Urban activists have long been calling for the right of way for those exploring their cities on two wheels, but only a few cities have heeded that call. Guerilla or DIY bike lanes are one way of fighting for the civil right of road-safety across borders. Although this brand of urban activism has existed for years, the past three years have witnessed a heightened activism in cities where the absence of cycling infrastructure to protect cyclists has resulted in fatal accidents. 

Here are five cities where urban cycling activists have taken it upon themselves to challenge their cities’ municipalities and find novel ways of installing their own bike lanes. 

 

1. Wichita, USA

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Plungers line bike lane in Wichita. Citylab.

It was only weeks ago when Todd Ramsey pulled up to an intersection as he was cycling in downtown Wichita in Kansas and saw what he assumed to be traffic barriers with reflective tape lining a bike lane. “Wow, the city did something to kind of make this intersection safer,” he thought, but as Ramsey got closer he found that the barriers were in fact toilet plungers. The plungers – a temporary feature – were installed by anonymous bike safety advocates. The City has since installed plastic delineators to create formal bike lanes.

2. New York City, USA

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Bicycling activists including Liz Patek painted unsanctioned bike lanes along a stretch of Avenue of the Americas on Saturday evening. Robert Stolarik for The New York Times.

Although New York was one of the first cities in the world to have bike lanes – with the first dating back to 1894 – it was not until 1980 that the city began to accommodate cyclists, when then-Mayor Edward Koch installed the city’s first protected bike lanes. In spite of the City’s efforts under Mayor Michael Bloomberg and the appointment of Janette Sadik-Khan as transportation commissioner, the Big Apple’s notorious traffic has left little room for those traversing it on two wheels.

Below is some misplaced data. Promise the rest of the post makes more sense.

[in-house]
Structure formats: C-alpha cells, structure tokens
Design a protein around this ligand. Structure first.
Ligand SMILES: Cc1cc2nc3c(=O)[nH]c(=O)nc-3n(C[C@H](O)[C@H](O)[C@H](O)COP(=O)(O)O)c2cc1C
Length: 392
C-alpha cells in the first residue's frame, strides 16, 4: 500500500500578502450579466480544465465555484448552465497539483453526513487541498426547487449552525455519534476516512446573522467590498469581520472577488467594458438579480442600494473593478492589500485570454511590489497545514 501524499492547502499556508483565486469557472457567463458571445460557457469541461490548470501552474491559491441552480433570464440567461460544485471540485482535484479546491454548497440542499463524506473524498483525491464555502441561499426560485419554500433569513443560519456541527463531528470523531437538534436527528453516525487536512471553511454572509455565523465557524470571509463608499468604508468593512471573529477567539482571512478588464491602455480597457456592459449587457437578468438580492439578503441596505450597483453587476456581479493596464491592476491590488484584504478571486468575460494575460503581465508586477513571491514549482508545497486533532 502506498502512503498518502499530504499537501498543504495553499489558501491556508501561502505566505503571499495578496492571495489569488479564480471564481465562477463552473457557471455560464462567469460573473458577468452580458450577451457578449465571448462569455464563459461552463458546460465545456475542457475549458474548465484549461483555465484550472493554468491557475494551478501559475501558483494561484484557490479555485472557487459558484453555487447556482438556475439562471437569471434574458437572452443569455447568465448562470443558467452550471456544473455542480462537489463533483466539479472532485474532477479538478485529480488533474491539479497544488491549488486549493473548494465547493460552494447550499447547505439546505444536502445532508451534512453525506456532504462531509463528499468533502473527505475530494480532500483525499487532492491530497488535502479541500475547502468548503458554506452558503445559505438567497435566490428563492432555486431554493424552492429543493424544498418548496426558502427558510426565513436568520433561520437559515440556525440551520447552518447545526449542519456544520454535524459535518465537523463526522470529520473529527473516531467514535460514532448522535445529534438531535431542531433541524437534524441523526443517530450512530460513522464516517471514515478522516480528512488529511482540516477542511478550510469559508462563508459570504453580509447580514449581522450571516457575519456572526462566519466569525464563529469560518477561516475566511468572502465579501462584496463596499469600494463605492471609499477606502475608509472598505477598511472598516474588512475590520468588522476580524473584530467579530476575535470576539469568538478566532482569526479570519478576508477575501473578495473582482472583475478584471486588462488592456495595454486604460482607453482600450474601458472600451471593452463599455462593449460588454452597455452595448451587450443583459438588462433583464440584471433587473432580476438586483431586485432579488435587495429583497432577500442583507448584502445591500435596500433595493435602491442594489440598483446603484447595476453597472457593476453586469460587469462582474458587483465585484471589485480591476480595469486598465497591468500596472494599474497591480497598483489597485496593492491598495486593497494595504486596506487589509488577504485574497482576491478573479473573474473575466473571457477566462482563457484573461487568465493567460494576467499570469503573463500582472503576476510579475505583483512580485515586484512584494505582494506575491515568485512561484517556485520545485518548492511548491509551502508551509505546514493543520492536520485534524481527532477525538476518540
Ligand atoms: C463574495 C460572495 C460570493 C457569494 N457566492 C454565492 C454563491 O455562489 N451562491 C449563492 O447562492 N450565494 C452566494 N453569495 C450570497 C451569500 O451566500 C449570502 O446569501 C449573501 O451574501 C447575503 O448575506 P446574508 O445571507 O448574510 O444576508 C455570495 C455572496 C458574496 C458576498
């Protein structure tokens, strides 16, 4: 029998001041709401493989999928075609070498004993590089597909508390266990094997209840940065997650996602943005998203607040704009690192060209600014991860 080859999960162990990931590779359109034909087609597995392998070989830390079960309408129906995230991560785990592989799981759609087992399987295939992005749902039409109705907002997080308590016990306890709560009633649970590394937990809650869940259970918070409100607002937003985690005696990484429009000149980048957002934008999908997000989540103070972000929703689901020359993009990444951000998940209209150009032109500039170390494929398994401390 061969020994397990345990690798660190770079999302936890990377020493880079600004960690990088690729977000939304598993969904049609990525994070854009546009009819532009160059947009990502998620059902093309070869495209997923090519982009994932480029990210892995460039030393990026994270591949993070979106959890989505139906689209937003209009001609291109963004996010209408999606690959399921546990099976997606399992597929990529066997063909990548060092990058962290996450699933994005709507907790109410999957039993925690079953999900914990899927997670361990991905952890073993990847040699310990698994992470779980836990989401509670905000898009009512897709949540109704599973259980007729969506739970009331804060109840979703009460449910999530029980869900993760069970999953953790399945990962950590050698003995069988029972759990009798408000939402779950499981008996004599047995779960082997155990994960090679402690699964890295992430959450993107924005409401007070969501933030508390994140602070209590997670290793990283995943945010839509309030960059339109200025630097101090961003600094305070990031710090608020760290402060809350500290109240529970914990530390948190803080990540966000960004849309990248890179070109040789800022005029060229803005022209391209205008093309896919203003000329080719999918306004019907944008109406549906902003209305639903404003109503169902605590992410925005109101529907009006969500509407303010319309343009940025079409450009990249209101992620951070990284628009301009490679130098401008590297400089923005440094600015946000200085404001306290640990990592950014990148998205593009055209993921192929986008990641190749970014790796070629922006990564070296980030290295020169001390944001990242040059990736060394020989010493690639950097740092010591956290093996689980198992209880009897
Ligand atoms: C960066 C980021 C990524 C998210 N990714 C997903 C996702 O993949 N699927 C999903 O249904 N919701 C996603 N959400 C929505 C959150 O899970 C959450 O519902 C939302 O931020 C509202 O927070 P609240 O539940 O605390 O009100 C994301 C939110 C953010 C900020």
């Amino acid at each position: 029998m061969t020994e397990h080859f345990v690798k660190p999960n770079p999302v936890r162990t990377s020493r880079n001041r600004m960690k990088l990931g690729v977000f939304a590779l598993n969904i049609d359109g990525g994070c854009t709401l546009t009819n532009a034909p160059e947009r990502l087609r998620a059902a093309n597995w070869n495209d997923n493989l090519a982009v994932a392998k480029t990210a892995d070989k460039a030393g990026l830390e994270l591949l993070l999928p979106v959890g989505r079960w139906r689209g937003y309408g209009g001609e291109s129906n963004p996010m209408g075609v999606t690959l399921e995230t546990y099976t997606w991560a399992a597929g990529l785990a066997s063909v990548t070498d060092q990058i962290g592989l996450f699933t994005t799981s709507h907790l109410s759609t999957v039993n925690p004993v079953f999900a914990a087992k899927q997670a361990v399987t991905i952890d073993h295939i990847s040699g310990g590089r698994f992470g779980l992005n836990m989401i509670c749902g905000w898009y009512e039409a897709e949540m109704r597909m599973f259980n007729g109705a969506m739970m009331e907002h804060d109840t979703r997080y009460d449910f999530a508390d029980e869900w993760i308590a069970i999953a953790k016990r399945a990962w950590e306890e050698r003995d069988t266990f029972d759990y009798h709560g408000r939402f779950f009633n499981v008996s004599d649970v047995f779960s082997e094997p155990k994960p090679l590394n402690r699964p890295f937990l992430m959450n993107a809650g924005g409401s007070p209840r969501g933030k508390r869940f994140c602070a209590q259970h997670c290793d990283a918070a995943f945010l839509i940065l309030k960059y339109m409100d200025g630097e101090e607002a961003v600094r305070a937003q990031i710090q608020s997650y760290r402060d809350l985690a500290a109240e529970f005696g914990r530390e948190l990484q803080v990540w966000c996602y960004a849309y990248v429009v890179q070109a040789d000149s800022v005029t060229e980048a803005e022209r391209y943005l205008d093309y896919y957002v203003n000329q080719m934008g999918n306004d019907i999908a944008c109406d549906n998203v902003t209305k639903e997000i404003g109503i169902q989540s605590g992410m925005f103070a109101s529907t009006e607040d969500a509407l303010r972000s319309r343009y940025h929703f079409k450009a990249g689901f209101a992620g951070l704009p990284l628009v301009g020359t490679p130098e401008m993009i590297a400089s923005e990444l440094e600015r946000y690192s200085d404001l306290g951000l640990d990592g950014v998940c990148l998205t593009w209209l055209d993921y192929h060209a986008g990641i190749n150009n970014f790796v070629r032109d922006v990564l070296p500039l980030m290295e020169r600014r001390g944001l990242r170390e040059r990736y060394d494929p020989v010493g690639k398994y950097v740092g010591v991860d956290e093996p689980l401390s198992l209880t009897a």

But things took a serious turn for cyclists in New York City when a cab driver ran over a cyclist on the sidewalk in August 2013, resulting in the cyclist losing her foot. In response, Right of Way, an activist collective dedicated to upholding rights of pedestrians, cyclists and skaters, painted a bike lane in 6th Avenue from 42nd to 59th street. 

3. San Francisco, USA 

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Guerrilla bike lanes in San Francisco. (Photo Source: SFMTrA)

In 2014 in San Francisco, two cyclists were killed in two separate hit-and-runs. In response, a group of anonymous urban activists who call themselves San Francisco Municipal Transformation Agency lined some guerilla bike lanes using traffic cones as protection along Golden Gate Park. San Franciscans expected the municipality to remove the guerrilla bike lanes, but City authorities did the unexpected and opted to keep the lanes permanently.

 

4. Guadalajara, Mexico

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Gerardo Montes de Oca.

Guerrilla bike lanes are far from exclusive to the US. Fed up with the municipality’s neglect of their needs, cyclists in Guadalajara, Mexico took matters into their own hands when they painted their own bike lanes on the city’s overcrowded roads. 

5. Brussels, Belgium

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DIY Bicycle Infrastructure along Brussel’s main thoroughfare. Photo: GRACQ

In Europe, Brussels got DIY bike lanes in 2011. There, a cyclist group called “VeloFiets Bruxsel” were also tired of broken promises, and decided to create their own bike lanes on the main street, creating a safer commute for fellow cyclists.

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